Written by: Paul Thompson
Primary Source: Thornapple CSA
I woke up this morning and James Whitcomb Riley was on my mind. Well, maybe it was after coffee, but sometime this morning “When the frost is on the punkin’” started running through my head. Here’s how the first verse runs:
This is definitely an aggie poem. If I were to ask my students to read it, I would have to explain every other line. They would get frost on a punkin, but fodder in the shock? Unlikely. And Riley continues:
|The strawstack in the medder, and the reaper in the shed;|
|The hosses in theyr stalls below—the clover overhead!—|
Clover overhead? That’s not going to resonate with very many of the undergraduates I see. Even the few who grew up on farms aren’t going to have seen any “hosses” in the stalls, much less a hayloft above them filled with clover. The idea behind this poem is that all that late summer and early autumn work is done. “your apples all is gathered, and the ones a fella keeps / is poured around the cellar floor in red and yaller heaps.” It’s a fine time, says Riley. We do have a few apples down in our basement, where it is passably cooler than upstairs when we running the heat—and we have been running the heat here in Michigan for several weeks now. But no, they aren’t poured around the floor, and frankly our basement isn’t a proper cellar, in the first place. Face it. We live in a world where it is impossible to even imagine poetry that takes the ordinary rhythms of farm life as its backdrop.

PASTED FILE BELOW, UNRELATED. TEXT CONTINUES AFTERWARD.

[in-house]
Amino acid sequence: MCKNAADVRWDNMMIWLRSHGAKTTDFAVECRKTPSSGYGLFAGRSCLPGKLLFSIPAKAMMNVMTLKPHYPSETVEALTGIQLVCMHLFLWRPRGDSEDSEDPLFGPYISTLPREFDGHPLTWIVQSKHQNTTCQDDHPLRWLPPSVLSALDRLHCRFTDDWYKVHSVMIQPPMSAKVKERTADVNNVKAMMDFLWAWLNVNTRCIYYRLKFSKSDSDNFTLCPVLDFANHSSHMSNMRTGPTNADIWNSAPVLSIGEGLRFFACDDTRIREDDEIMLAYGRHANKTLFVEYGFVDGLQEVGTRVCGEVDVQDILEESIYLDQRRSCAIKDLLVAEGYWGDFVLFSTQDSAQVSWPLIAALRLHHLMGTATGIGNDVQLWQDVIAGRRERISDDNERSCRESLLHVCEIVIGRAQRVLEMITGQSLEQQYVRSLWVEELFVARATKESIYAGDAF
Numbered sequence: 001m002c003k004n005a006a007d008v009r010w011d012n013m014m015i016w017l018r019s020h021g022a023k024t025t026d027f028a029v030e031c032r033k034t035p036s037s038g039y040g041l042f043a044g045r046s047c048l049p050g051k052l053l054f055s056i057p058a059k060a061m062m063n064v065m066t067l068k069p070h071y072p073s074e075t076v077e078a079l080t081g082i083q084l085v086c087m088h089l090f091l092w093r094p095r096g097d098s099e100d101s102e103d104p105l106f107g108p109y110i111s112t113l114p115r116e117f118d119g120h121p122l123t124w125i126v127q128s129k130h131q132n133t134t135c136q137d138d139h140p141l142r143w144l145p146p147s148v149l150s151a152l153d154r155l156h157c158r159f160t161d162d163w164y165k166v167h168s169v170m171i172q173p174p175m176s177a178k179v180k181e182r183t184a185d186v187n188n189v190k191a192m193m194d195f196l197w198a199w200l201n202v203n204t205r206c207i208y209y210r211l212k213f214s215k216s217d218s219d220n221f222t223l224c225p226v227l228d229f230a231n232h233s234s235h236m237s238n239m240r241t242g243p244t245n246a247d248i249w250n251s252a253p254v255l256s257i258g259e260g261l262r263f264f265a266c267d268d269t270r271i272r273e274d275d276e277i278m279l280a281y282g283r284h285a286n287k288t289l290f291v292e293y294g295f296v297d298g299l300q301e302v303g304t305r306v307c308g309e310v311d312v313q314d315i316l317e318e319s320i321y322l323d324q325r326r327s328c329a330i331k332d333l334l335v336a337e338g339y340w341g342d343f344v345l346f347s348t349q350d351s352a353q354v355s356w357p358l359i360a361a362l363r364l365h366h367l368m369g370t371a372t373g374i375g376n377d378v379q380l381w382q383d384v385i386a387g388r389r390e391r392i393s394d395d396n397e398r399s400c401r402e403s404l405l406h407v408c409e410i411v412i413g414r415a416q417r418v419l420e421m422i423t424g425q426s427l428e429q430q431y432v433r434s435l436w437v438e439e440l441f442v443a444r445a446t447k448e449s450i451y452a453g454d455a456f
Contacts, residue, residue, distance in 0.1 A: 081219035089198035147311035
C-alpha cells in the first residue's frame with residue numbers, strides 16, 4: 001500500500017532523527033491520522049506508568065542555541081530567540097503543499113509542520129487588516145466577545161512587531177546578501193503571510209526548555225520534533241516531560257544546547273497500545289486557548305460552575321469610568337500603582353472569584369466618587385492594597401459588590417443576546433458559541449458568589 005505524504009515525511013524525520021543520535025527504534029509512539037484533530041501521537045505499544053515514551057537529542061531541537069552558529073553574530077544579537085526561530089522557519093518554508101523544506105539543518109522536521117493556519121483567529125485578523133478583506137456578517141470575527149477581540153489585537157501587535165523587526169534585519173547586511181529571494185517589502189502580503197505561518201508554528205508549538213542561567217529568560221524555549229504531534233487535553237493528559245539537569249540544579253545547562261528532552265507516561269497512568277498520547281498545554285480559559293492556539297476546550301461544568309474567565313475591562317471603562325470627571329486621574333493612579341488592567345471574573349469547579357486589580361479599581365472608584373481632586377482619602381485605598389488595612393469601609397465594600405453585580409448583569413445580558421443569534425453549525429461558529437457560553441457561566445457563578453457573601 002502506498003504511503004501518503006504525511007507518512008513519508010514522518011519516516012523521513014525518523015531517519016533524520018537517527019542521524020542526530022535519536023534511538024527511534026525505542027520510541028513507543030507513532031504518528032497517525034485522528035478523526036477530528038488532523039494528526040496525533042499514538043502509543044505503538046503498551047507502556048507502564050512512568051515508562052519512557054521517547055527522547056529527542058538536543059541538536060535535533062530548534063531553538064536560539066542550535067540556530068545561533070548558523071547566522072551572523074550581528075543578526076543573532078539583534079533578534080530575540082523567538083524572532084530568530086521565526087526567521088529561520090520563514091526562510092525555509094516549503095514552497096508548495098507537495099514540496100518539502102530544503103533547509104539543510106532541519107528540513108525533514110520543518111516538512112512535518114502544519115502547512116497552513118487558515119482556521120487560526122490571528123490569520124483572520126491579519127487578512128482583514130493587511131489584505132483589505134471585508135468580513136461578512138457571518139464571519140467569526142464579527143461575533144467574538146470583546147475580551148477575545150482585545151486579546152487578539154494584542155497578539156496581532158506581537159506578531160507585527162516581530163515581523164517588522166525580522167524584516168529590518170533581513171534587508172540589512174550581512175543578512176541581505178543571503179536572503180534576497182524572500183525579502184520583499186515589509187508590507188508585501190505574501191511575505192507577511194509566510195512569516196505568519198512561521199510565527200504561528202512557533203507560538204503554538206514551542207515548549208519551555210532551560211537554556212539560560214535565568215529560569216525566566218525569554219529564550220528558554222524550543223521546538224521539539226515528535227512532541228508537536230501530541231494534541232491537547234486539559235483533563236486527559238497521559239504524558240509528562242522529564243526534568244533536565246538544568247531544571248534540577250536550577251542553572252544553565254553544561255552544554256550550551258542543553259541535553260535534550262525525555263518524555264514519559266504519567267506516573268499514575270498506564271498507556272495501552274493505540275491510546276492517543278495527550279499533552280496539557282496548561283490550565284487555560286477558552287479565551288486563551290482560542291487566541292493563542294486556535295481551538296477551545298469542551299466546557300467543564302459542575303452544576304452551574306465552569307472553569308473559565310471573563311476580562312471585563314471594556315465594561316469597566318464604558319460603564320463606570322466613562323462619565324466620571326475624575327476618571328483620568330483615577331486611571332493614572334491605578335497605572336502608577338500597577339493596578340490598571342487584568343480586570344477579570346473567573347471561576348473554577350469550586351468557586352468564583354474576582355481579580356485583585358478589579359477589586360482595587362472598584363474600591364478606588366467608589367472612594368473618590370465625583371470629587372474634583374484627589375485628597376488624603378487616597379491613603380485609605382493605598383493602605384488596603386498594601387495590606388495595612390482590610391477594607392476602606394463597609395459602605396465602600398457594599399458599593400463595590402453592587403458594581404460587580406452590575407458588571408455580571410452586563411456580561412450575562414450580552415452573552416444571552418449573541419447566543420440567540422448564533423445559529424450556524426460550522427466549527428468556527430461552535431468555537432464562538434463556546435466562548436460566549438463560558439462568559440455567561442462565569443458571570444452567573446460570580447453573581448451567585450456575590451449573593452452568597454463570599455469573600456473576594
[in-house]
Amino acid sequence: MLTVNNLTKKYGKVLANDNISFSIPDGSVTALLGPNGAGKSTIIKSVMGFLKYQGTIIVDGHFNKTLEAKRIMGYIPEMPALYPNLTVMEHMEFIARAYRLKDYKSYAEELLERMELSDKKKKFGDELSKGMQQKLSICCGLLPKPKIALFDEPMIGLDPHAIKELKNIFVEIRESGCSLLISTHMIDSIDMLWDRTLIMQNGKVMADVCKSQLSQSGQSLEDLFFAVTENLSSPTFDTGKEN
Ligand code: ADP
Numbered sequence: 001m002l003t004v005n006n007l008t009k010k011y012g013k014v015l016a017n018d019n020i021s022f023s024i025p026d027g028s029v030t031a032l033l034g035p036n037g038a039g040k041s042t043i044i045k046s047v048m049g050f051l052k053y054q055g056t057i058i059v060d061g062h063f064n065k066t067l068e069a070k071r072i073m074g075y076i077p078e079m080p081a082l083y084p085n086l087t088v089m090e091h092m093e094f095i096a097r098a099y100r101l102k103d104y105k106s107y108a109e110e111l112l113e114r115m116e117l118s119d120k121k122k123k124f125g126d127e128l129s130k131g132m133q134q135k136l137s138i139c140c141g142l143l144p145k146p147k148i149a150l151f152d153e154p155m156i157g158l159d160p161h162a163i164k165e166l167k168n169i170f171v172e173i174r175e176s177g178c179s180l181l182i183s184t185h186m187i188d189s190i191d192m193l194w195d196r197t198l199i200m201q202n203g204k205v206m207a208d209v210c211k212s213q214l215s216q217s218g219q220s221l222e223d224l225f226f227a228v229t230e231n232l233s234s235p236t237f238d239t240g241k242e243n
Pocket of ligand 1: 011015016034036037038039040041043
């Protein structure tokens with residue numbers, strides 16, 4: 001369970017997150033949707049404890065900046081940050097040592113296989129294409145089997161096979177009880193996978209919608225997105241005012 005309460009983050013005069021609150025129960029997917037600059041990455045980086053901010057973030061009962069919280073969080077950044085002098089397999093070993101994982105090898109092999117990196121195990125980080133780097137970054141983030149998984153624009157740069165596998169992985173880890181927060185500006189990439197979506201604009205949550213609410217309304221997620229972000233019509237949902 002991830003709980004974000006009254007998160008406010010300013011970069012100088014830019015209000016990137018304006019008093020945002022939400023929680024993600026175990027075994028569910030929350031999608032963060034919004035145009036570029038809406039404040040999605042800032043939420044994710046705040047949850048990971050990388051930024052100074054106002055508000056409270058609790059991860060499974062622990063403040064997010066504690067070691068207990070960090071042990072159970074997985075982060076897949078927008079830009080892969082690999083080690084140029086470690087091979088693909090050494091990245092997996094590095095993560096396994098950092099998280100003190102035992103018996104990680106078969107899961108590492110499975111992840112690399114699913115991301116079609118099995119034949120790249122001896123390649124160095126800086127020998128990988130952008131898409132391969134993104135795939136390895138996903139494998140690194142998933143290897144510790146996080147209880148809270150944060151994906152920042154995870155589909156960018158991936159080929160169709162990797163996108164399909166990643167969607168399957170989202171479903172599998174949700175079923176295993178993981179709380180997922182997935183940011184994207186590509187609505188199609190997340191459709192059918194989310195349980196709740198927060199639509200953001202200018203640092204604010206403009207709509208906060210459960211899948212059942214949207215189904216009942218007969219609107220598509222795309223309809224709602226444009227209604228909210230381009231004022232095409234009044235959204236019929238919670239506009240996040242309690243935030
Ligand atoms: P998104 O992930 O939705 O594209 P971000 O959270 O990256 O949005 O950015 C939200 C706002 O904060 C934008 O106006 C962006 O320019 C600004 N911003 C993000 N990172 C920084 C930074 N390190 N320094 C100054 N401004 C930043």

Riley doesn’t tell us exactly when the frost is on the punkin. When we lived in Indiana, this poem used to be associated with Halloween. Riley did write a poem called “The Gobble-uns’ll git ya if ya don’t watch out”. Same meter as the punkin’ poem, so maybe people get confused. If you were living in, say, south Alabama during Riley’s lifetime (1853-1916) the frost wouldn’t be showing up on the punkin until sometime around Thanksgiving. Michiganders would have already expected the hard freeze by Halloween, and they probably wouldn’t have left the house bareheaded. So this is not a big literary point mind you, but one virtue of Riley’s poem is the way it celebrates a moment that is defined by seasonal, farm household rhythm that’s going to vary from one clime to another.
Of course here in 2013, nearly a century after Riley’s death, we’re just now experiencing the hard freeze here in November. I’ve had my hat on once, and you generally can leave the house bareheaded. If you are a college professor like me, or have any of the urban economy jobs that most of my friends have, you don’t have that sense that the season’s work is mostly done. Even the farmers are working toward season extensions, and the Allen Street Farmer’s Market premiered it’s year-round indoor facility this month. It’s not just the climate that’s changed since Riley’s day. Seems like our work is never done.
Well maybe that’s just nostalgia. Farmers had plenty to do over the winter even in 1890. But it’s still a nice if quite unfamiliar thought that Riley’s appealing to here. Plenty to do, but mainly there’s a time to catch your breath. You get those wonderful blue skies and the air is chilled to a wonderful freshness when the frost is on the punkin and the fodder’s in the shock.